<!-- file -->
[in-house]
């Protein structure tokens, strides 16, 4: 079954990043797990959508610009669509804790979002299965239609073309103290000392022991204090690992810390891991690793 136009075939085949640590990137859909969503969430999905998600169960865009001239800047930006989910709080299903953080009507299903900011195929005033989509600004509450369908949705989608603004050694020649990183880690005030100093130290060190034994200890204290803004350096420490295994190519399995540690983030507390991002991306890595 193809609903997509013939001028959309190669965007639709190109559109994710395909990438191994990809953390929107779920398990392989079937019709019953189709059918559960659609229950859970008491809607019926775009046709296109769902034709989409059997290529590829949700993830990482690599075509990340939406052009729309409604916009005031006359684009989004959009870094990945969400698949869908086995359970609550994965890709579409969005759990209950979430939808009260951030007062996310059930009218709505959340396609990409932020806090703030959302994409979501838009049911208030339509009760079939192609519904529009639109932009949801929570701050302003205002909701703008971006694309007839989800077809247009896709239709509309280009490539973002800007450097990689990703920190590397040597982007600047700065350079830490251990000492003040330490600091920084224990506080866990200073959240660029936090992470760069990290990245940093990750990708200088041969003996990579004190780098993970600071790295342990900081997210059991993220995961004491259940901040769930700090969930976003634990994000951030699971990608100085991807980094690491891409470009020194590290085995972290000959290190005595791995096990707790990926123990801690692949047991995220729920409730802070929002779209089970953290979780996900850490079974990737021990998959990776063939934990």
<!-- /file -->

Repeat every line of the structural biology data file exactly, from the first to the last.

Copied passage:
[in-house]
């Protein structure tokens, strides 16, 4: 079954990043797990959508610009669509804790979002299965239609073309103290000392022991204090690992810390891991690793 136009075939085949640590990137859909969503969430999905998600169960865009001239800047930006989910709080299903953080009507299903900011195929005033989509600004509450369908949705989608603004050694020649990183880690005030100093130290060190034994200890204290803004350096420490295994190519399995540690983030507390991002991306890595 193809609903997509013939001028959309190669965007639709190109559109994710395909990438191994990809953390929107779920398990392989079937019709019953189709059918559960659609229950859970008491809607019926775009046709296109769902034709989409059997290529590829949700993830990482690599075509990340939406052009729309409604916009005031006359684009989004959009870094990945969400698949869908086995359970609550994965890709579409969005759990209950979430939808009260951030007062996310059930009218709505959340396609990409932020806090703030959302994409979501838009049911208030339509009760079939192609519904529009639109932009949801929570701050302003205002909701703008971006694309007839989800077809247009896709239709509309280009490539973002800007450097990689990703920190590397040597982007600047700065350079830490251990000492003040330490600091920084224990506080866990200073959240660029936090992470760069990290990245940093990750990708200088041969003996990579004190780098993970600071790295342990900081997210059991993220995961004491259940901040769930700090969930976003634990994000951030699971990608100085991807980094690491891409470009020194590290085995972290000959290190005595791995096990707790990926123990801690692949047991995220729920409730802070929002779209089970953290979780996900850490079974990737021990998959990776063939934990």